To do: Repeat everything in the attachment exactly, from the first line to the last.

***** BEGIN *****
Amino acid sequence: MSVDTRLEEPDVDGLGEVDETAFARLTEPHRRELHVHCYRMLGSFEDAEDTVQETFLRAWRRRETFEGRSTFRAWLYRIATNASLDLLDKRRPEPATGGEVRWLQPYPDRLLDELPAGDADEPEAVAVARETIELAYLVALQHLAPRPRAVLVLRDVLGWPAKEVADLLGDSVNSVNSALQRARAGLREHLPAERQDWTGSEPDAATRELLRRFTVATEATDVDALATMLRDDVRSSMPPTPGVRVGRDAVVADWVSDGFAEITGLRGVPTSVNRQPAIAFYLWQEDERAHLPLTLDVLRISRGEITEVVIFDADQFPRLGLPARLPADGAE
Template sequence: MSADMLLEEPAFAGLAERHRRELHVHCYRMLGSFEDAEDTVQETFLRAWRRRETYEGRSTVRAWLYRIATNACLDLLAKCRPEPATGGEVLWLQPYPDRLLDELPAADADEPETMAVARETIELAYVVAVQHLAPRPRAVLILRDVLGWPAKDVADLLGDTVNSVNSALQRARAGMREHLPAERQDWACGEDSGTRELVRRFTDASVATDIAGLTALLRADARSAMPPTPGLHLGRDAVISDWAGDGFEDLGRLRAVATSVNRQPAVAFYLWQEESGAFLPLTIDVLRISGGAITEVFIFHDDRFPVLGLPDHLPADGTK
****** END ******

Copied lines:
Amino acid sequence: MSVDTRLEEPDVDGLGEVDETAFARLTEPHRRELHVHCYRMLGSFEDAEDTVQETFLRAWRRRETFEGRSTFRAWLYRIATNASLDLLDKRRPEPATGGEVRWLQPYPDRLLDELPAGDADEPEAVAVARETIELAYLVALQHLAPRPRAVLVLRDVLGWPAKEVADLLGDSVNSVNSALQRARAGLREHLPAERQDWTGSEPDAATRELLRRFTVATEATDVDALATMLRDDVRSSMPPTPGVRVGRDAVVADWVSDGFAEITGLRGVPTSVNRQPAIAFYLWQEDERAHLPLTLDVLRISRGEITEVVIFDADQFPRLGLPARLPADGAE
Template sequence: MSADMLLEEPAFAGLAERHRRELHVHCYRMLGSFEDAEDTVQETFLRAWRRRETYEGRSTVRAWLYRIATNACLDLLAKCRPEPATGGEVLWLQPYPDRLLDELPAADADEPETMAVARETIELAYVVAVQHLAPRPRAVLILRDVLGWPAKDVADLLGDTVNSVNSALQRARAGMREHLPAERQDWACGEDSGTRELVRRFTDASVATDIAGLTALLRADARSAMPPTPGLHLGRDAVISDWAGDGFEDLGRLRAVATSVNRQPAVAFYLWQEESGAFLPLTIDVLRISGGAITEVFIFHDDRFPVLGLPDHLPADGTK